5 things trauma surgeons NEVER do
May is Trauma Awareness Month. Accidents and unintentional injuries remain the leading cause of death among people age 1 - 44. With decades of intensive training, education, research and direct clinical experience, the trauma team at SIU Medicine works tirelessly to treat and prevent injuries, keeping our communities safer.
You’ve heard the saying, “An ounce of prevention is worth a pound of cure.” We asked our trauma experts: What are some of the most common and dangerous ways people get hurt? Keep reading to learn the answers—and to find out five things these professionals would never do.
1. Never drive in unsafe conditions
Motor vehicle crashes are one of the most common causes of serious injury, disfigurement and death. Our trauma surgeons would NEVER:
- Drive a car while under the influence of drugs (including legal and certain prescription medications), marijuana or alcohol. It’s just not worth the risk. Have a designated driver, call a cab or use a ride-share app.
- Drive distracted. Research from Texas A&M University’s Texas Transportation Institute suggests that texting while driving doubles reaction time. It could take three to four seconds to avoid a roadway obstacle when driving while texting compared to just one to two seconds when driving undistracted. That’s important if the “obstacle” is a child who ran onto the road!
- Drive aggressively or speed excessively. Studies demonstrated that you only save a few seconds of most urban trips through aggressive lane changes and “beating” lights. Is a few extra seconds worth your life or months of recovery?
- Travel in a car without wearing a seat belt. According to the Centers for Disease Control and Prevention, seat belts reduce the risk of death and serious injury by about 50% for both drivers and front-seat passengers.
- Travel in a vehicle with someone who drives recklessly or who is under the influence of drugs, marijuana or alcohol.
And it’s not just road vehicles: Crashes and rollovers of all-terrain vehicles (ATVs), such as side-by-sides and four wheelers, can lead to serious injury and death to drivers and passengers if not operated safely with attention to terrain and distractions.
2. Never ride a motorcycle or bike of any type without a helmet
Many people enjoy riding motorcycles, bicycles, scooters, skateboards, rollerblades, hoverboards, electric bikes and other wheeled devices, including our trauma surgeons! Don't give up your hobby or method of transportation. Our trauma surgeons advise you to do what they do: always wear an appropriately fitting helmet and other protective equipment. The risks of traumatic brain injury and death are markedly reduced in the event of a crash. And the years of enjoyment are increased!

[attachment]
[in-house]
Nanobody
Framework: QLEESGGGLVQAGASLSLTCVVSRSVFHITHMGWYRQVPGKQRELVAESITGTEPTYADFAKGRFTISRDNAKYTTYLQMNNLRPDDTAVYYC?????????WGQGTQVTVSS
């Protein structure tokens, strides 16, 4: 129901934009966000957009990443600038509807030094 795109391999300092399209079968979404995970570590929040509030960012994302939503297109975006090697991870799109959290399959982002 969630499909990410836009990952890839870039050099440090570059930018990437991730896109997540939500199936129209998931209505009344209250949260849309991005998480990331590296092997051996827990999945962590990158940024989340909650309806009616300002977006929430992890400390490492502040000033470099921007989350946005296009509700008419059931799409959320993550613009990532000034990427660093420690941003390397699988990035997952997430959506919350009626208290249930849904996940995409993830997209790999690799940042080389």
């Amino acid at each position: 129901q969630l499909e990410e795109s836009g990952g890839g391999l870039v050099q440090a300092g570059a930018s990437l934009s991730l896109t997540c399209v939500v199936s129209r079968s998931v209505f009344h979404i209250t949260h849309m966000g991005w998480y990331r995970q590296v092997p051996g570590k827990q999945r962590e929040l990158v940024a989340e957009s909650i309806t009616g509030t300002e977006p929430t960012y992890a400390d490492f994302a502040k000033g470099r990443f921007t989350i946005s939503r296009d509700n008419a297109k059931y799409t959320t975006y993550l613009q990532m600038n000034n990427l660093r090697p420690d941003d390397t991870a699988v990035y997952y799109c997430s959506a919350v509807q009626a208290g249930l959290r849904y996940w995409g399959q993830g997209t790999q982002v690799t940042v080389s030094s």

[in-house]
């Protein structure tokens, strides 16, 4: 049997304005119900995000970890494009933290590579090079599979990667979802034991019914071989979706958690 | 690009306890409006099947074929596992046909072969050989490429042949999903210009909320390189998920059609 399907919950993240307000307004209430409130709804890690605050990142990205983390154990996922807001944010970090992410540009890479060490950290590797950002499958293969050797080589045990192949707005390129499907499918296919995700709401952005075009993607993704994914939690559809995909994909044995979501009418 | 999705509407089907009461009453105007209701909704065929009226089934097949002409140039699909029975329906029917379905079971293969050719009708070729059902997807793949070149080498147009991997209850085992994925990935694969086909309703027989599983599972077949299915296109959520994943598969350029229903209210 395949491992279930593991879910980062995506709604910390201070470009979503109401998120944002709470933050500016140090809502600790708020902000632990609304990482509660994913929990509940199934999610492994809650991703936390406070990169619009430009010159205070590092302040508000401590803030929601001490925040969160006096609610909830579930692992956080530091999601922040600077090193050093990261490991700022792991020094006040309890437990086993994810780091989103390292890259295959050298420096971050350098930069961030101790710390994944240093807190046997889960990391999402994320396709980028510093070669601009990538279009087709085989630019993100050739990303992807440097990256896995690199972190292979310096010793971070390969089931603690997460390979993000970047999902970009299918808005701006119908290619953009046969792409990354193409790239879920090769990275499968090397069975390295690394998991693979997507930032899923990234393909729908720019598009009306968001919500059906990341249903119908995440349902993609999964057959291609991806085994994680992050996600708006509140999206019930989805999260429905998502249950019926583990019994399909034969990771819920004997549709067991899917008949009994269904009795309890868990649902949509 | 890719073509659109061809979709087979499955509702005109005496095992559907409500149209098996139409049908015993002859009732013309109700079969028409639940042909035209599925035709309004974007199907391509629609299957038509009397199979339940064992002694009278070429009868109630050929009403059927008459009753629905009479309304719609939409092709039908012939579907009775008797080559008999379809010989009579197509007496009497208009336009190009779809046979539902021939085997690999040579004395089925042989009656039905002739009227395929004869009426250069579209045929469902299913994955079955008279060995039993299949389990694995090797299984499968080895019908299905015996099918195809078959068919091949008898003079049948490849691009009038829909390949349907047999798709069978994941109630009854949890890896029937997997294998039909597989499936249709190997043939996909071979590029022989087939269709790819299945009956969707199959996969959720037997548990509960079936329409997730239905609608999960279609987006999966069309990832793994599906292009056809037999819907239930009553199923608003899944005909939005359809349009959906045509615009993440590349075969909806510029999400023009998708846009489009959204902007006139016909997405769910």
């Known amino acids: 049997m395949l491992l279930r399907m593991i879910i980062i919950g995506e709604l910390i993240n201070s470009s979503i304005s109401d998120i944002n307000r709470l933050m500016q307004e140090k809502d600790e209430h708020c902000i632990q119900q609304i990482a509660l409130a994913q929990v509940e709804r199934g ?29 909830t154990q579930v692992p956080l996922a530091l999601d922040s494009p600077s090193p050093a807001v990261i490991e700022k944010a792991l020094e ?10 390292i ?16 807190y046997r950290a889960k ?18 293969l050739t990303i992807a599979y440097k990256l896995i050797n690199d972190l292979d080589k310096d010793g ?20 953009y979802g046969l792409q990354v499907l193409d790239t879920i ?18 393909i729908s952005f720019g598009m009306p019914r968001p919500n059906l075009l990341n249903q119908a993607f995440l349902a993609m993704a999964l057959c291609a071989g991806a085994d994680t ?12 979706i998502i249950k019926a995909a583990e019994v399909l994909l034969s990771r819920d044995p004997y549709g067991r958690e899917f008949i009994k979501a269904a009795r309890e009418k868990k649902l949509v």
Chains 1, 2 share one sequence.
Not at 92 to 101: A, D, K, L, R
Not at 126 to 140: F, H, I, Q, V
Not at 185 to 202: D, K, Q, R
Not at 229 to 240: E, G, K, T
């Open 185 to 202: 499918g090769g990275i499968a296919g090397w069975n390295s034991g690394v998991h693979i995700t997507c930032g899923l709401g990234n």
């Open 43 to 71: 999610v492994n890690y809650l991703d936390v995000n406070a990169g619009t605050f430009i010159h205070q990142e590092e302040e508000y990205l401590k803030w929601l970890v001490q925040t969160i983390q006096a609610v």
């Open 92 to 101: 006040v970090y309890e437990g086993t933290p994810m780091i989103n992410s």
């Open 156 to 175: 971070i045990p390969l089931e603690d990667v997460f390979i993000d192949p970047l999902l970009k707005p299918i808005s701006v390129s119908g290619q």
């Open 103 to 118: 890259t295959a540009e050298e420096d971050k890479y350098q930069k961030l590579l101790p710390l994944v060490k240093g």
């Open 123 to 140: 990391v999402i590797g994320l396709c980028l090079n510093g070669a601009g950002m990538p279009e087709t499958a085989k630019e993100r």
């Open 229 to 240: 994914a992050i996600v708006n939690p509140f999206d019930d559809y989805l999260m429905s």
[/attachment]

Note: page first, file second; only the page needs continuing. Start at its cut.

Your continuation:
Watch out for other vehicles. Drivers might not always be able or expect to see you on the roadway. Be cautious of a vehicle’s “blind spot.” Obey all traffic laws. A little courtesy to car and truck drivers goes a long way.
3. Never dive into water of unknown depth
Diving or jumping into shallow water—including pools, rivers, ponds and lakes—is a leading cause of preventable paralysis and death due to neck fractures and spinal cord injuries. Never roughhouse around water and ensure everyone in your family knows how to swim.
4. Never fail to follow basic gun safety rules
Are you aware that firearm injury is now the leading cause of death for teenagers, exceeding motor vehicles? If you choose to own firearms, as some of our trauma surgeons have, disciplined adherence to gun safety and firearm access control is mandatory to reduce the chance of accidental death and injury. Ensure children and family members respect and understand these rules, as well. Knowing how to properly use, clean and store firearms and ammunition is literally an everyday life-or-death action of a responsible owner.
5. Never neglect workplace safety standards
For individuals working in certain industries—including farming and agriculture, trucking, construction and manufacturing—implementing strict safety protocols can be costly in terms of time and resources. But inspecting and replacing faulty equipment, providing appropriate personal protective equipment (PPE), establishing standard work practices and other methods are key to reducing the prevalence of workplace injury and death. Always protect yourself and your workforce.
SIU Medicine: leading the region in trauma and critical care
As the first Level 1 trauma center in the region, the Southern Illinois Trauma Center at SIU Medicine is home to a team of highly trained, qualified and experienced surgeons who are national leaders in trauma and critical care. Learn more about our surgical and critical care services or find a doctor today who can help you with your health concerns.